But it is not without competition. The development of India’s deepest port and largest transhipment hub at Vizhinjam to the South of the city will just as surely create another nucleus. Already the Kovalam – Vizhinjam – Balarampuram area is witnessing the sure signs of impending growth – escalating land prices being just the first and most obvious one. With a Rs 8,000 Crore investment in progress, there is little doubt that a industrial and commercial zone is incubating in this area. Similarly, the plethora of R&D and Educational Institutions coming up in the East of the City – the Indian Institute of Space Technology and Indian Institute of Science, Education and Research being the two most notable – will spur the formation of yet another centre of activity.
Clearly, the city is mutating into multiple nuclei. To a great extent, these centres of activity – current and upcoming – are surrounded by residential and mixed-use areas. Hence, we need not fear local versions of the chaos on Hosur Road, yet. But, with the above mentioned developments expected to bring at least 500,000 new inhabitants to the city in the next 10 years , can such chaos be far off? And how do we save ourselves?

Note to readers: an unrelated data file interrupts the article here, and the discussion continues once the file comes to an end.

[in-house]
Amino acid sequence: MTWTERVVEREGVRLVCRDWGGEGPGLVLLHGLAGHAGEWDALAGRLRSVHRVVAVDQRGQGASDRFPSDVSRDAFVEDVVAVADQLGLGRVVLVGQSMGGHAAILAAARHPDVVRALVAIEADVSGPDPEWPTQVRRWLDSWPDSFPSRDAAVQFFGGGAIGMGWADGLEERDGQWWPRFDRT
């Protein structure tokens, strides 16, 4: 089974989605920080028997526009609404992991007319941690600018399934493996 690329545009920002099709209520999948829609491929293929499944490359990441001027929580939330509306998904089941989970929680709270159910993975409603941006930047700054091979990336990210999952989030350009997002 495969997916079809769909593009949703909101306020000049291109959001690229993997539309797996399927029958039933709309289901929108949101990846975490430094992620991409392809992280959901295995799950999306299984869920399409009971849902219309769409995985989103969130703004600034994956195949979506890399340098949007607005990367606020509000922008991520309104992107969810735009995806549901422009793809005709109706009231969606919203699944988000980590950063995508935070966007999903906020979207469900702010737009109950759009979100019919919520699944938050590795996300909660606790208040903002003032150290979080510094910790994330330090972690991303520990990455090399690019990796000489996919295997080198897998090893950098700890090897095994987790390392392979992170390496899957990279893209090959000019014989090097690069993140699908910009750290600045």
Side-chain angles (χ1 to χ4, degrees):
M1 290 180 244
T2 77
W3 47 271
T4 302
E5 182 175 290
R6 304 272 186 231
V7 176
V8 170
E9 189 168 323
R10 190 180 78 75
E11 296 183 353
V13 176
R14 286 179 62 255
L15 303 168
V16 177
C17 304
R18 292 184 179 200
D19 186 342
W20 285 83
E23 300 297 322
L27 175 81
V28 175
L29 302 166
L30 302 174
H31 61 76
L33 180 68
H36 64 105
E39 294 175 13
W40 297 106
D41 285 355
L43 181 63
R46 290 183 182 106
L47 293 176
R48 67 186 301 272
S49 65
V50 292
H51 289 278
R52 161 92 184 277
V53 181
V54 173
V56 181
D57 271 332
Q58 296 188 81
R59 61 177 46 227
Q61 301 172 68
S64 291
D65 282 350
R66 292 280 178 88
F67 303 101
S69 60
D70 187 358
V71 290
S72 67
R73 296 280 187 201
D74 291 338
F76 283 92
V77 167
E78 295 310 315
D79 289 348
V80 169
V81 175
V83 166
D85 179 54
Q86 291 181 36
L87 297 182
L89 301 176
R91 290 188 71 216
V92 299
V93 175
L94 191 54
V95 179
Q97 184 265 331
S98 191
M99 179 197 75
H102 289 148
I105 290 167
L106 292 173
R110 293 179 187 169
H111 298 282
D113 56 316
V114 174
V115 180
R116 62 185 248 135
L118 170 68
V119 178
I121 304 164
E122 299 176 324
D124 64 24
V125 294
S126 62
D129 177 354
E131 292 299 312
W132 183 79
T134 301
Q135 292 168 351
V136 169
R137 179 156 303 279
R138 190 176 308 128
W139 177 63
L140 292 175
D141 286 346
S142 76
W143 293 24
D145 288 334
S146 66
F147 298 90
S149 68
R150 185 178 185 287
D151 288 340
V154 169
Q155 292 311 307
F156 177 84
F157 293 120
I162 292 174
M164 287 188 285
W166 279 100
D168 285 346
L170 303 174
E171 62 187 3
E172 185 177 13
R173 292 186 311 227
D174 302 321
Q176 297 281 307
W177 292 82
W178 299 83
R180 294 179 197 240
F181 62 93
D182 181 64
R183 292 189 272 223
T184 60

Reaching for the Sky
This brings back to where we started, the need to build taller. Is it a solution to preventing urban chaos or will it just make things worse. The basic idea behind taller buildings is to increase the density of development. Through high-density development, more people can live and work on less space. This means that by putting office-goers’ homes close to their offices, the length of the commute needed can be minimised. By terminating as many commutes as possible close to the office areas, the volume and complexity of the daily movement can be reduced exponentially. Taller buildings also leave more open space for green areas and rainwater absorption and hence may be overall greener options. Of course, everyone may not want to live in the sky and hence there will continue to be low-rise houses, but even these can be arrayed around the nuclei.